Gardening is a way of beautifying our yards and the surrounding community. However, what is often overlooked are the benefits that come with it beyond the pretty foliage and blooms. Digging past the surface of their beauty, gardening is an activity that provides a variety of physical, social and mental benefits.
“We have to get away from the concept that if we want to be gardeners, we have to work really hard and have a show place that people admire,” says Mary Yee, an Edina resident and Edina Garden Council member. “It is much more than that.”
We turned to Yee and Edina Garden Council treasurer Esther Haskvitz to find out more on how gardening contributes to their overall well-being.
Esther Haskvitz working in her garden.
The Mental Benefits
Gardening can make you feel happier and more relaxed, from the sense of stress release you get by simply getting outside to the extra intake of vitamin D you get from the sun—which both Haskvitz and Yee can attest to. Not only that, but some microbes found in soil may also activate serotonin production—making the very act of getting your hands in the dirt beneficial.
To make the most of your experience, Yee suggests just simply paying attention—taking a second to take in and admire your natural surroundings, even if it isn’t spectacular. Something as simple as a pollinating bee on the center of a flower or a dandelion in the lawn could spark a shift in mindset.
“The garden has been a solace and a refuge; it has really sustained me as I try to deal with … illness, difficult feelings and a sense of loss,” Yee says. “I can’t be grateful enough for how gardening has allowed me to feel better, heal and really restore my health.”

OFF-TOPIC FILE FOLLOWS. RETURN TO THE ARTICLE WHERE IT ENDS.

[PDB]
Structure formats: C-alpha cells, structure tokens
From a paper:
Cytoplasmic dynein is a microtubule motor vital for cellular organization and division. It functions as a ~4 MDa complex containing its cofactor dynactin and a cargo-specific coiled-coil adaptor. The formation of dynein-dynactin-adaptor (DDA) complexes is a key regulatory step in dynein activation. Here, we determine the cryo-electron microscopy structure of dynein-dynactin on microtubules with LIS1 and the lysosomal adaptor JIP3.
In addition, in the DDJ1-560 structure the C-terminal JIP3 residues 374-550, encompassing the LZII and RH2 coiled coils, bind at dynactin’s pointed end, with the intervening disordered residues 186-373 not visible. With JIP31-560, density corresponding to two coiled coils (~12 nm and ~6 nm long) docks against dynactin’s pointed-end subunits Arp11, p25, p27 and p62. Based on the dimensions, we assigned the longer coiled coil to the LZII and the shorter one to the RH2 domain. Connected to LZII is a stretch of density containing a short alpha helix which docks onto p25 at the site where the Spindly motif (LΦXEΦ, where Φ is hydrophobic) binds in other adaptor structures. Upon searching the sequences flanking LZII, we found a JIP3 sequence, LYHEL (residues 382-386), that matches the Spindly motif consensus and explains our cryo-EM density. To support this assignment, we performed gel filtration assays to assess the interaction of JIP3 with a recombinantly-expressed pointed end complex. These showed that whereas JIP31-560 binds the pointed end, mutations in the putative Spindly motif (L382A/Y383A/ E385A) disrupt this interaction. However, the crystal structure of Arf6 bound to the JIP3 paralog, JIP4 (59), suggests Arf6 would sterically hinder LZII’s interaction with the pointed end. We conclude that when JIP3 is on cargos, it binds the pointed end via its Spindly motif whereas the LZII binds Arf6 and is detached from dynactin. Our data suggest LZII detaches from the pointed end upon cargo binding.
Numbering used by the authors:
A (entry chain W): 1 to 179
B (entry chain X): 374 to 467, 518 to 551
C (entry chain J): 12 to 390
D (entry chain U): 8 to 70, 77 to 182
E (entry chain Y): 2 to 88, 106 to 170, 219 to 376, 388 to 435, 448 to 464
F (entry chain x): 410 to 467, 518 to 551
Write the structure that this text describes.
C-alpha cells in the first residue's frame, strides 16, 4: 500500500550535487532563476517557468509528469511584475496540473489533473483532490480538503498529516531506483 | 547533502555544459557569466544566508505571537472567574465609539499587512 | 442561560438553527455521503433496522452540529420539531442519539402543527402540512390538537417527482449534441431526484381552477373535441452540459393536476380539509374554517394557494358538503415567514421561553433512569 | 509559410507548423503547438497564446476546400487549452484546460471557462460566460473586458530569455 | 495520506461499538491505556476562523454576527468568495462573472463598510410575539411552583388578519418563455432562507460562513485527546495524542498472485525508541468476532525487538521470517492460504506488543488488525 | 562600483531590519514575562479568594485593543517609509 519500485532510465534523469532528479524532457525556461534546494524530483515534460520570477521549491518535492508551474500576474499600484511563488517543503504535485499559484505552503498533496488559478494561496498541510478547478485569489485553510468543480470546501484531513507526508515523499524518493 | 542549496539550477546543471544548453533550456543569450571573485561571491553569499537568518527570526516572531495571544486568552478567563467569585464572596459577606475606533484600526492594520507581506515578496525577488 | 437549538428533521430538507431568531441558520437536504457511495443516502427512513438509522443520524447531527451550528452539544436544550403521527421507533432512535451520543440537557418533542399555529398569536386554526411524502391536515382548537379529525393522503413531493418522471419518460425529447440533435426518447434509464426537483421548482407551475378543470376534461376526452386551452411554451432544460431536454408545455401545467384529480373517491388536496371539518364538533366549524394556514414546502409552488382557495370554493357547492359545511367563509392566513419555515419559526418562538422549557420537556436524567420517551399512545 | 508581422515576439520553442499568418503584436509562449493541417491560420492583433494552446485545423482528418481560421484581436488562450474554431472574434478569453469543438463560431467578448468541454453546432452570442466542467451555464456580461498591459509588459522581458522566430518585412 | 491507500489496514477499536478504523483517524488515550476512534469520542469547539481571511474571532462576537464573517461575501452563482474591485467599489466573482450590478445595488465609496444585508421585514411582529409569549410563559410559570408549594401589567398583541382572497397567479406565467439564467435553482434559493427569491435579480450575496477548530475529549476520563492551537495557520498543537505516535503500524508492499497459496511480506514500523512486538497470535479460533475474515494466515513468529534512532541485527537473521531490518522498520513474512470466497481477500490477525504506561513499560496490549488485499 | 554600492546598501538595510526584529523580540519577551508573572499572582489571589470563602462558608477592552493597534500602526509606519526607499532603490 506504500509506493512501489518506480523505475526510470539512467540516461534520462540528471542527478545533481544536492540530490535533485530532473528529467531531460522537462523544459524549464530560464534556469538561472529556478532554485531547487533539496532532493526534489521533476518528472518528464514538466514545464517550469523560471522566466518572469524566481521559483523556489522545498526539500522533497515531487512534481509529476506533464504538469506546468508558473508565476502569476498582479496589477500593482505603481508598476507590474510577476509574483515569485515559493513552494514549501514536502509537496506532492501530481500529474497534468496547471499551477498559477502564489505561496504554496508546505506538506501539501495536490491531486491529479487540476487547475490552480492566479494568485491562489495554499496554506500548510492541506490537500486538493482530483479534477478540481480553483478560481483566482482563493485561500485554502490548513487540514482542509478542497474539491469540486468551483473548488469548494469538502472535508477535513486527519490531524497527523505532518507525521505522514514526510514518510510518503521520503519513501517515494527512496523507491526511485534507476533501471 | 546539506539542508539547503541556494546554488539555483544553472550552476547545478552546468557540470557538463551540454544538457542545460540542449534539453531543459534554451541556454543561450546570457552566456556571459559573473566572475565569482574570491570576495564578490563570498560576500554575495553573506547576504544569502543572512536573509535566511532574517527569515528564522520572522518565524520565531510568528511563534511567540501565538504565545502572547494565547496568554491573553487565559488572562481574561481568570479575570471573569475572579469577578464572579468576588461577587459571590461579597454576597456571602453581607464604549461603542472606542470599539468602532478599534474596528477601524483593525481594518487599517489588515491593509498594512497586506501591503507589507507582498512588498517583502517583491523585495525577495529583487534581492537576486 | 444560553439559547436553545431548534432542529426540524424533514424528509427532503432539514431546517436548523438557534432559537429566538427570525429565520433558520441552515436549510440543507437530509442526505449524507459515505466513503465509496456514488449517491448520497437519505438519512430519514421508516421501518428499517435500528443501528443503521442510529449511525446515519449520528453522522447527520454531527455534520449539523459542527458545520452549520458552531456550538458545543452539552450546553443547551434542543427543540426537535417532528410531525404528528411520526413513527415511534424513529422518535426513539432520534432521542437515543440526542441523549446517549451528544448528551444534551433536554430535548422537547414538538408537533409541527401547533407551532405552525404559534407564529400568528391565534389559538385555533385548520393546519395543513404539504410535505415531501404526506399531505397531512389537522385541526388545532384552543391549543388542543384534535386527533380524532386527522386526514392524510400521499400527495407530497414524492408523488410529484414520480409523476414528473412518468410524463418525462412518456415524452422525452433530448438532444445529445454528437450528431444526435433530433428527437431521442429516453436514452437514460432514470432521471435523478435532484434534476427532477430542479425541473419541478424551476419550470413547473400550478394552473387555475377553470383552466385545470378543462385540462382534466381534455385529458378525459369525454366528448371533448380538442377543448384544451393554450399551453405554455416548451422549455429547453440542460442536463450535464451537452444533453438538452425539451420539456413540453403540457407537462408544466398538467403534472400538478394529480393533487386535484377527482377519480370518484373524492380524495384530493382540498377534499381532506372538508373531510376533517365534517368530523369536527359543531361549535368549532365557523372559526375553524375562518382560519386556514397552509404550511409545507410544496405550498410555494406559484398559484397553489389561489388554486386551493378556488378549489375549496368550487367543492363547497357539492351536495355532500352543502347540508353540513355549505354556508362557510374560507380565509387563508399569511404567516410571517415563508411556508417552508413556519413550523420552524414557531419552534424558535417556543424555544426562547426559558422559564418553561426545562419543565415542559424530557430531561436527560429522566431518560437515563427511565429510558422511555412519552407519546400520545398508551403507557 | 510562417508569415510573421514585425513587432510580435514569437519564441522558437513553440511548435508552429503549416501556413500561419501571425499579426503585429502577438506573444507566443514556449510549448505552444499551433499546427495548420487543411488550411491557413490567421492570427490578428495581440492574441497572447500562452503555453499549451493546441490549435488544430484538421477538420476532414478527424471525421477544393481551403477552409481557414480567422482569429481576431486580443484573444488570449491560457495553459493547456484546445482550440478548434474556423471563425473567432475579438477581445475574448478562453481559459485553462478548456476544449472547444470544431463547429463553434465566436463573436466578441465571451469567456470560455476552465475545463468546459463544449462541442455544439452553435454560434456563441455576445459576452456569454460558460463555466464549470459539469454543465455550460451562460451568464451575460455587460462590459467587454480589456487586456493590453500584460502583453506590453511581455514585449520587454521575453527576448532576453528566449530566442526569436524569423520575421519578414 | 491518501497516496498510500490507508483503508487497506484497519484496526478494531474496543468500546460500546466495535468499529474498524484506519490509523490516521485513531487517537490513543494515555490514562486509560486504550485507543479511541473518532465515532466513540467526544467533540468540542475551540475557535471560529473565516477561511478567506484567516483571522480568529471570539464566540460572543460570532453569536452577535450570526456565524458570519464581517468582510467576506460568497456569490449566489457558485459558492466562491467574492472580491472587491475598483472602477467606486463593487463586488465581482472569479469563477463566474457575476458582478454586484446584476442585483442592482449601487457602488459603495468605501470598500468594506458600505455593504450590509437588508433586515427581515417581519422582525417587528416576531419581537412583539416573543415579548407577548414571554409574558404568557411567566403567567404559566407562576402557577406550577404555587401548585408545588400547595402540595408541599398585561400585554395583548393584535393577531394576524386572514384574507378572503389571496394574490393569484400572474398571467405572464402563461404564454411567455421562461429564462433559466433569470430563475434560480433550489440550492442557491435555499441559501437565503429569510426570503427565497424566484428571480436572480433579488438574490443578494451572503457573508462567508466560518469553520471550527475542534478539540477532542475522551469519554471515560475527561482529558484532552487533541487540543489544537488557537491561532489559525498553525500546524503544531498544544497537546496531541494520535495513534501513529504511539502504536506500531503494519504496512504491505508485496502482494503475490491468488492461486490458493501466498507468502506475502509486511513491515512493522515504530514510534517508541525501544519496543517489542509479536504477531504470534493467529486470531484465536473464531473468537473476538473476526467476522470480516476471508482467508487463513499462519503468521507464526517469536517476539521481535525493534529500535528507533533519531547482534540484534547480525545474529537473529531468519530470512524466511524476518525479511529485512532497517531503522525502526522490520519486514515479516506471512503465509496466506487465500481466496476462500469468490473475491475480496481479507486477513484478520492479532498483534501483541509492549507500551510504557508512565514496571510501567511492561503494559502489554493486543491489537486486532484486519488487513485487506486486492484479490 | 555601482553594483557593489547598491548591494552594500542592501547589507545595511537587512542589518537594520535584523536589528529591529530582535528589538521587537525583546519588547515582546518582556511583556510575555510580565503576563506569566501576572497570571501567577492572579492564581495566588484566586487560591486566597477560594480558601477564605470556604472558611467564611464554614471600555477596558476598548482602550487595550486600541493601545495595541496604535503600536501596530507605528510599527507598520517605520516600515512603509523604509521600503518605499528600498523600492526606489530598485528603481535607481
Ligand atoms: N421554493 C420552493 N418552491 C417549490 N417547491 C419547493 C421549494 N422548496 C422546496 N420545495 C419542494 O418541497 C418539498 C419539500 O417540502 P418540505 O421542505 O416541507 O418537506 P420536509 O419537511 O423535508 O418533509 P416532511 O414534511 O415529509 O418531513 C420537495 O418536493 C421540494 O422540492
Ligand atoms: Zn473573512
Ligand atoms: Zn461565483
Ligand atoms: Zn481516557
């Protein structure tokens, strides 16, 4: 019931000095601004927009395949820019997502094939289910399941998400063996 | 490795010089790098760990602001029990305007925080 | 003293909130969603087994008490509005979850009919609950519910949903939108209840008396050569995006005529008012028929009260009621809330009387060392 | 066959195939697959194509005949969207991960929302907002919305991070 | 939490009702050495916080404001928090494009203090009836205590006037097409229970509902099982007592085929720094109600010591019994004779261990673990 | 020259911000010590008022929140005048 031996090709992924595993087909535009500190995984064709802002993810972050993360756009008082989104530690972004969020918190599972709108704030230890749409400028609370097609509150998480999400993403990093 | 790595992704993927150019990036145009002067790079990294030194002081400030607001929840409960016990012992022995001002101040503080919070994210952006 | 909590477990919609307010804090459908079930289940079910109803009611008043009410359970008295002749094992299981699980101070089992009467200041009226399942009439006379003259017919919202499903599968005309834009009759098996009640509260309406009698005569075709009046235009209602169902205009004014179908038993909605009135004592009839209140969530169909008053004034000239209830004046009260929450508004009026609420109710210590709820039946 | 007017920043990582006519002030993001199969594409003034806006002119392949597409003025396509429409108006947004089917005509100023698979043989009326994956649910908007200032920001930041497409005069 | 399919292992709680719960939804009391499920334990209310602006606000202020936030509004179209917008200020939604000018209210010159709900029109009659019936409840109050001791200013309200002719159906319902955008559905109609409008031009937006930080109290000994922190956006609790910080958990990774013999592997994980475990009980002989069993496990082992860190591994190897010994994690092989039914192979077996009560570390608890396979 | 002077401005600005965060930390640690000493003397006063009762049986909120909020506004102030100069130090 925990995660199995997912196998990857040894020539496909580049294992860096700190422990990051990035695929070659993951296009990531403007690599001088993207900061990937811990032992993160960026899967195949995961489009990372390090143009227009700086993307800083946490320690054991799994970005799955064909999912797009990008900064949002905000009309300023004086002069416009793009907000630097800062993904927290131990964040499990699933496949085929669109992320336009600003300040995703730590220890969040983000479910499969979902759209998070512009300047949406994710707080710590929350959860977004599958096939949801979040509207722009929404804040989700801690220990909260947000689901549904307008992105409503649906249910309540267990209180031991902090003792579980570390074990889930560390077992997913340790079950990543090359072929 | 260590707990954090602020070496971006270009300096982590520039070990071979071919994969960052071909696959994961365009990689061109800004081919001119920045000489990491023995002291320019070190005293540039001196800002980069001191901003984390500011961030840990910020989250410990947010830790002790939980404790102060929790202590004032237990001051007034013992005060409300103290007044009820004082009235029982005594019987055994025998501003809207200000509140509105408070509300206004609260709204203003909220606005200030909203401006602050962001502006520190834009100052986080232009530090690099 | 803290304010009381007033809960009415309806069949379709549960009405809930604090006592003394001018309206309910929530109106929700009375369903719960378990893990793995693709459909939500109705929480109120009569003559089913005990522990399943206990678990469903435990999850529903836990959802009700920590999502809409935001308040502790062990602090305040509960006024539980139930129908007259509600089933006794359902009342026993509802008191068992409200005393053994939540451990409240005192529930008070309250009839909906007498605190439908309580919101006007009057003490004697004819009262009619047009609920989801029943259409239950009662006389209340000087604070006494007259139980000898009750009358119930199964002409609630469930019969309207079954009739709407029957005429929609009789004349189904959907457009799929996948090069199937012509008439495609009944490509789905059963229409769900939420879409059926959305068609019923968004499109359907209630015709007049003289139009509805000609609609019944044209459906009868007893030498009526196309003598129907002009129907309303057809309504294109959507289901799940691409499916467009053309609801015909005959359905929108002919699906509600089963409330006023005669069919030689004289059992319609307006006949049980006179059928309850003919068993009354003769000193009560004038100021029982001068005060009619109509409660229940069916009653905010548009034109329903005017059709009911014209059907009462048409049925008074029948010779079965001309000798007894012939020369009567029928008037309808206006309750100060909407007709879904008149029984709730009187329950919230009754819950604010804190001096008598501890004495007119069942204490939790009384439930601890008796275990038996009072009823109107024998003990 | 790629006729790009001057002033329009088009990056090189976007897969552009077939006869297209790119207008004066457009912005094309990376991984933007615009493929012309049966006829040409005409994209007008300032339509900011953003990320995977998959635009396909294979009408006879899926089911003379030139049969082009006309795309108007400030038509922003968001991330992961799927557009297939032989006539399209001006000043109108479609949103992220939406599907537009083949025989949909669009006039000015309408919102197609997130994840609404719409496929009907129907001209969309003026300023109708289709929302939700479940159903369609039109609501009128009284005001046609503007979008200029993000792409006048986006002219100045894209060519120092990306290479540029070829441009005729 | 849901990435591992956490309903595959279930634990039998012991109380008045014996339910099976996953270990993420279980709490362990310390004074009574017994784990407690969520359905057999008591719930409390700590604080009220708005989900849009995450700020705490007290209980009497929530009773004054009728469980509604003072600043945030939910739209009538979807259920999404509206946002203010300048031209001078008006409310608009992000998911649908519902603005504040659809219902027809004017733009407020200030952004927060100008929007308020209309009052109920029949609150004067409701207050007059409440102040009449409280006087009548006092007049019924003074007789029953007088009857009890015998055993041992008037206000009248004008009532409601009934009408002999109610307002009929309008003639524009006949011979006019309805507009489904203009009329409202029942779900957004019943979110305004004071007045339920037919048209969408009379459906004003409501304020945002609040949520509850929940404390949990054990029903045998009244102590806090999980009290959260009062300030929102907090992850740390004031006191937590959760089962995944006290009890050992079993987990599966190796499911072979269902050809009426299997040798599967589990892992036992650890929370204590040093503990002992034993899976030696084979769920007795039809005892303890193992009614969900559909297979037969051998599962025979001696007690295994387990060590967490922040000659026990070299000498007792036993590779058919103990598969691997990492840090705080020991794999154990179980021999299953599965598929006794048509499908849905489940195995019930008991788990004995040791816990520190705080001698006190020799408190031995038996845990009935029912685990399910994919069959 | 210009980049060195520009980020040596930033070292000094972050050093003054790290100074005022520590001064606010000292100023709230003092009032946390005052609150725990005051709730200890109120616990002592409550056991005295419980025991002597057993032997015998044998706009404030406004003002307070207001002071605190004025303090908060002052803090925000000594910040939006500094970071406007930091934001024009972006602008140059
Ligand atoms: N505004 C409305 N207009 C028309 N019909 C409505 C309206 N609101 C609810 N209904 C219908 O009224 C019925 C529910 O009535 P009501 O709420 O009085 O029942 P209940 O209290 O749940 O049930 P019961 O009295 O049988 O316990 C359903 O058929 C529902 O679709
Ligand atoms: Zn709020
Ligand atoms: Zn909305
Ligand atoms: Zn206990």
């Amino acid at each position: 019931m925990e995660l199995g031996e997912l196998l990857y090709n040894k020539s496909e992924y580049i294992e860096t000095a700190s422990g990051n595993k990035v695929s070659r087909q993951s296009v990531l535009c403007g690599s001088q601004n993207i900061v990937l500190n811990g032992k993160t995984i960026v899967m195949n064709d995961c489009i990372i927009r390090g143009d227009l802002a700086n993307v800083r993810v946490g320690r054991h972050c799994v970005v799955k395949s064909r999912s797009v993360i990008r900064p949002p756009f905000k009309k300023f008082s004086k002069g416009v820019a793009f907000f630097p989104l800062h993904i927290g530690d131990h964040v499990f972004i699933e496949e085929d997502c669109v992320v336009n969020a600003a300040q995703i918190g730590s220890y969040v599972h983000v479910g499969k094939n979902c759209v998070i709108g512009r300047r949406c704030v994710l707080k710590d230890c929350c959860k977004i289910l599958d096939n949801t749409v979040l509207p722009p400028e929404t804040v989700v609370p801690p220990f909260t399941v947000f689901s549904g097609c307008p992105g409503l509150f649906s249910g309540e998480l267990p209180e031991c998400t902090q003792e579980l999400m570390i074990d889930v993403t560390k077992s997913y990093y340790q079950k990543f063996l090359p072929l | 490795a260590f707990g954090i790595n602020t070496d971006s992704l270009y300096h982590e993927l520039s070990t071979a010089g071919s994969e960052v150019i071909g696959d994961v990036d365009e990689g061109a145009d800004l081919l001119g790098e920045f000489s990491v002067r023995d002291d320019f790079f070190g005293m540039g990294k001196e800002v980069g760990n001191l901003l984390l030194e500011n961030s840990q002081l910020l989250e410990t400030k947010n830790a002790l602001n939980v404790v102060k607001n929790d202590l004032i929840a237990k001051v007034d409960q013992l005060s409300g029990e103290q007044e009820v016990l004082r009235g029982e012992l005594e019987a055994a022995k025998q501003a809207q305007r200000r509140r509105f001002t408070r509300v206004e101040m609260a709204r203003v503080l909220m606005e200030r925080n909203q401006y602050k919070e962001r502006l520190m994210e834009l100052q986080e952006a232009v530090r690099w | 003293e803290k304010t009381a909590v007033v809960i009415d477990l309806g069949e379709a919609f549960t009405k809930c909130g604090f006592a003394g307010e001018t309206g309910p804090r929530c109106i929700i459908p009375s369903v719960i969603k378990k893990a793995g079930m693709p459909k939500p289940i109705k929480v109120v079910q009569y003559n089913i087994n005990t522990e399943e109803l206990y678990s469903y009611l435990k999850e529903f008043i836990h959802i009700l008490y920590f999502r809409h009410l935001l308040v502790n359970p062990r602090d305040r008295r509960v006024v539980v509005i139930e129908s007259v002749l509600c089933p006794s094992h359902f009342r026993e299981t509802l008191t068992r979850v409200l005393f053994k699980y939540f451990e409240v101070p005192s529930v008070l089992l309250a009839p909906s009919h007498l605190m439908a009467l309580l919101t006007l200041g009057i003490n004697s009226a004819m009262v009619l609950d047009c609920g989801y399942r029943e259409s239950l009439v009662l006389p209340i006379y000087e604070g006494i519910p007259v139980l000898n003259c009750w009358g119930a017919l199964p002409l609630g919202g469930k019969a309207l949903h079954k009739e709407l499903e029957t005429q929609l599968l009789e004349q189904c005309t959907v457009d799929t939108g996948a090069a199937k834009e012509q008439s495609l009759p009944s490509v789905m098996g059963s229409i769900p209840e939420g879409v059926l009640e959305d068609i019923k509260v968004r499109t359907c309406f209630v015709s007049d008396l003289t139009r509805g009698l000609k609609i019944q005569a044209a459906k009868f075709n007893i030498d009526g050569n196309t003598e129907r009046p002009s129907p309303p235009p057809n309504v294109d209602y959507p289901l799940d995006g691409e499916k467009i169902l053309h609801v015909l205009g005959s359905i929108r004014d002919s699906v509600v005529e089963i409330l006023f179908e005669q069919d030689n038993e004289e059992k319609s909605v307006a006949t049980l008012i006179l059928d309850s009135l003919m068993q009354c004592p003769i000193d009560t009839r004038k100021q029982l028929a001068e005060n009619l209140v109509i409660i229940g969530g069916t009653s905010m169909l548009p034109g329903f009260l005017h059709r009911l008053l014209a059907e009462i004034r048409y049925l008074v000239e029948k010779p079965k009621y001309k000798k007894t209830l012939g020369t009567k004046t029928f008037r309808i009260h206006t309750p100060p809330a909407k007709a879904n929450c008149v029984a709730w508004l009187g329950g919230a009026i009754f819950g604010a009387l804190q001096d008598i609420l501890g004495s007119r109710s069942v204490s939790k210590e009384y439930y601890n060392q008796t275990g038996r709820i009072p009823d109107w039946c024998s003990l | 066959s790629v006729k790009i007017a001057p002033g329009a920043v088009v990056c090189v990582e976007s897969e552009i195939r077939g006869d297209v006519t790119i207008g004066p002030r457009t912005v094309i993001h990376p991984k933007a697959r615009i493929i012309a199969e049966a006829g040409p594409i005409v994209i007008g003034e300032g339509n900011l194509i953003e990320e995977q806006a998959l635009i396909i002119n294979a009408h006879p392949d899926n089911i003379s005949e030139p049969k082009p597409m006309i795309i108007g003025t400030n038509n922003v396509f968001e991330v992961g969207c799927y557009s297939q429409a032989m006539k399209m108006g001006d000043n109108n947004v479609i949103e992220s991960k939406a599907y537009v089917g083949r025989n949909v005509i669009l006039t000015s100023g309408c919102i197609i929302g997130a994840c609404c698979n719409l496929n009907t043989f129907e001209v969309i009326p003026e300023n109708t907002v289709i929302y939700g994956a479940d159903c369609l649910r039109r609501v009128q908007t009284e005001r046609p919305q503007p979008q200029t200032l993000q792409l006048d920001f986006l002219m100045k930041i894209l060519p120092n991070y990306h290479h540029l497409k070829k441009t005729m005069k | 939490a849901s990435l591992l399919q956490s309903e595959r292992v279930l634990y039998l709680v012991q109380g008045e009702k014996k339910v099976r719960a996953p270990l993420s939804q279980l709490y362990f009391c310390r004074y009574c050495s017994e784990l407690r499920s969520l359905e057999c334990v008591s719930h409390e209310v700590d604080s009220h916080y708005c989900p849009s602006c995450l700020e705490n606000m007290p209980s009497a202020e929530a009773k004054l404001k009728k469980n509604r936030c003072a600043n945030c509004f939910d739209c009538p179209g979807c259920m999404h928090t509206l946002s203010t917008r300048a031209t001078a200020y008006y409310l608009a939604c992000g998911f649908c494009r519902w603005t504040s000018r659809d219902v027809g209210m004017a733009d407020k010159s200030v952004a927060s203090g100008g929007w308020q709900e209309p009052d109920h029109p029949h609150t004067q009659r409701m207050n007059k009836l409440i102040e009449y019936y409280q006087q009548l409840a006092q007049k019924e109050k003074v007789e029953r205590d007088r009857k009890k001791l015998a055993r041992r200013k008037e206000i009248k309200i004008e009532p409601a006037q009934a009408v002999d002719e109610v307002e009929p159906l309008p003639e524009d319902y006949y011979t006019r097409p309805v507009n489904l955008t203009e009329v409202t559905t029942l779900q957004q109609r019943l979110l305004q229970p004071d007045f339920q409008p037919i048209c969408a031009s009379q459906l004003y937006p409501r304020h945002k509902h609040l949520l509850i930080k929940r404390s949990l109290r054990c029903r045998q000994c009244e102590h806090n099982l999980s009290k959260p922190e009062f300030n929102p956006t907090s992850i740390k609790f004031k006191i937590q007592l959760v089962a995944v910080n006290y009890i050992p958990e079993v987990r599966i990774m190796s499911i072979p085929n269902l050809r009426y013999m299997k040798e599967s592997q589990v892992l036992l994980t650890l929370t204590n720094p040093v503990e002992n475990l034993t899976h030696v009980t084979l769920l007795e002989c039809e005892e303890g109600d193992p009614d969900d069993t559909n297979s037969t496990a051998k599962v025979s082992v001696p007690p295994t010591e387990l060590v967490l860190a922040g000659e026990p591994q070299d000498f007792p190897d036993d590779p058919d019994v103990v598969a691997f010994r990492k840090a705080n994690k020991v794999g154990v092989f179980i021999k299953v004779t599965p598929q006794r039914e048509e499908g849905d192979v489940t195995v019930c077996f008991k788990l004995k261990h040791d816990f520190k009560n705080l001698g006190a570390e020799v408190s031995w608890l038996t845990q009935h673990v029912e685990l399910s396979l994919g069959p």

The Physical Benefits
As a physical activity, Haskvitz notes that gardening emulates an unintentional workout. This manual labor from consistent lifting, squatting and digging can provide a tremendous amount of cardiovascular movement to help burn calories and strengthen the heart. And it can also increase overall strength and flexibility.
Gardening can also offer the physical benefit of fueling the body if you choose to grow fruit or vegetables. Haskvitz, who has been a vegetable gardener most of her life, enjoys how you can keep active and build strength while producing something at the same time. “There is something really gratifying about growing your own food,” she says.
Mary Yee with one of the 80 peony varieties in her garden.
The Social Benefits
For both Haskvitz and Yee, gardening has provided them a safe place to bond with like-minded people. Finding herself connected within the Edina gardening community, Yee enjoys the friendships and the opportunities to visit the gardens of these friends and to learn from each other. She is also a member of both the Minnesota and American Peony societies. Growing upwards of 80 different varieties of peonies in her own garden, Yee says it is organizations like these that remind her that there are others out there who share the same passion as her.
For Haskvitz, it is the friendships she has made along the way. Joining the Edina Garden Council to get involved with the community (and learn more about gardening), she says she has also developed a strong network of pals both professionally and socially as a result.
Edina Garden Council; 952.826.1620; edinagardencouncil.org